Scientific Forecaster Discussion
fxus61 kpbz 192255
Area forecast discussion
National Weather Service Pittsburgh PA
555 PM EST Fri Jan 19 2018
high pressure provides dry and milder weather through Saturday.
Light rain chances return by Sunday, with a period of steadier
rain possible by Monday night. Cooler weather returns for the
middle of next week.
Near term /through Saturday/...
mainly cirrus is expected through the night as high pressure
slides to the east and warm advection continues. Low
temperatures will end up above normal and could be achieved
fairly early during the night. Values may steady or rise
slightly overnight as the column remains mixed, although any
valleys that manage to decouple could cool more than forecast
given the remaining snowpack.
Warm advection resumes relatively unabated with gusty
southwesterly flow continuing on Saturday. Snowmelt should begin
in earnest as temperatures rocket into the 40s, however the
increase in boundary layer moisture should allow for stratus to
develop by the end of the day as the boundary layer moistens up
a bit. Fries
Short term /Saturday night through Sunday night/...
an upper trough will trudge eastward during this period, from
the Pacific coast and across The Rockies to the plains by Sunday
night. While flow aloft remains quasi-zonal across our region,
low-level southwest flow will continue the warming trend. High
temperatures in the 40s both Saturday and Sunday will help to
melt much of the snow pack.
Clouds will be on the increase Saturday, with a lower
stratocumulus deck possibly arriving by the afternoon. Enough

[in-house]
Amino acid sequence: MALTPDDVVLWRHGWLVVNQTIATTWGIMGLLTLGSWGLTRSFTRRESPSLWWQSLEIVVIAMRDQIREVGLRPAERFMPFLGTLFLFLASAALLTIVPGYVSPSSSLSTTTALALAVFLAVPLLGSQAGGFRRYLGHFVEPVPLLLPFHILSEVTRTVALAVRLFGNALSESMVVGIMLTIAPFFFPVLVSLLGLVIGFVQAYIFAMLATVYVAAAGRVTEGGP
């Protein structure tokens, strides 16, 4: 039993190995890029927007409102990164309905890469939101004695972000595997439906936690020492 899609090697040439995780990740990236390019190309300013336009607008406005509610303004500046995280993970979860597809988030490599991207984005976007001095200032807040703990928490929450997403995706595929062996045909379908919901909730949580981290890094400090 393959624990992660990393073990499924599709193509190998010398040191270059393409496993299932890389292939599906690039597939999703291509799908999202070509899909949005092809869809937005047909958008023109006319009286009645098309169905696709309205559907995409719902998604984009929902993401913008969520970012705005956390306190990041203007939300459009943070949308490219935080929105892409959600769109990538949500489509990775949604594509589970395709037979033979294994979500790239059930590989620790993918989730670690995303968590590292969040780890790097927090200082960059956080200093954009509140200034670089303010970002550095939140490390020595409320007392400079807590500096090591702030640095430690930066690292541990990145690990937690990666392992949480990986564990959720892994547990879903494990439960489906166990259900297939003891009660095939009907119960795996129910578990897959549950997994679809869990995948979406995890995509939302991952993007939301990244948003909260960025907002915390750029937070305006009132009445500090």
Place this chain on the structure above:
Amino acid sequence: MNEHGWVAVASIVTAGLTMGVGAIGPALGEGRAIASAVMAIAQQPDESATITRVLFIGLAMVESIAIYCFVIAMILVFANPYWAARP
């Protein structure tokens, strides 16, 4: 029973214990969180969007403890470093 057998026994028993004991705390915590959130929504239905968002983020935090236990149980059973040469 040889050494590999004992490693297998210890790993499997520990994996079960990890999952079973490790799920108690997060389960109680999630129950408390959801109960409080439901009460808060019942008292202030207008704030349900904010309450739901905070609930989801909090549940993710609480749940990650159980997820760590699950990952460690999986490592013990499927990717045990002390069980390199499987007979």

moisture should be advected in on weak low- level isentropic
lift to support drizzle or light rain starting Saturday night
and continuing into Sunday night. Lift and forcing remain weak
through this period, and minimal quantitative precipitation forecast of around or less than a
tenth of an inch is forecast in general. There is still a small
concern that freezing rain/drizzle may be possible mainly north
of Pittsburgh for a time Saturday night, depending on how
quickly the boundary layer can cool during the evening. Chances
of that remain low however, and do not merit even an severe weather potential statement mention
at this point.
Long term /Monday through Friday/...
as the vertically-stacked low crosses the Mississippi Valley and
the Great Lakes Monday and Tuesday, a crossing cold front will
provide the focus for the next chance of organized rainfall,
mainly Monday afternoon and night. The moisture plume ahead of
the front remains deep but fairly narrow, and the system is
still expected to be progressive as the upper trough takes on a
negative tilt. Models and ensembles have been fairly consistent
in keeping the quantitative precipitation forecast under control with this system, generally a
half-inch or less. Given the loss of much of the snow pack prior
to this, large-scale flooding issues are still not projected to
be a concern. However, localized issues due to ice jams will
remain quite possible, and this threat has been addressed in the
severe weather potential statement for now.
Behind the system, temperatures will drop back to seasonable
levels for Tuesday and Wednesday, with any lingering showers
turning over to snow by Tuesday night. A minor ridge
accumulation is possible during this period. High pressure
should allow Thursday and Friday to feature dry weather and
another warming trend to close out the week.
Aviation /00z Saturday through Wednesday/...
VFR will prevail for much of the period as high pressure remain
in place. Diurnal mixing will support a south-southwest with gusts to 20kts
both tomorrow afternoon. Model guidance suggest moisture,
trapped under building inversion aloft may lead to some
late afternoon and evening restrictions tomorrow. It would seem
this should take until after diurnal mixing starts to abate,
however, so it was generally restricted to the very end of the
period or beyond.
restriction potential returns with the new week and an
approaching frontal system.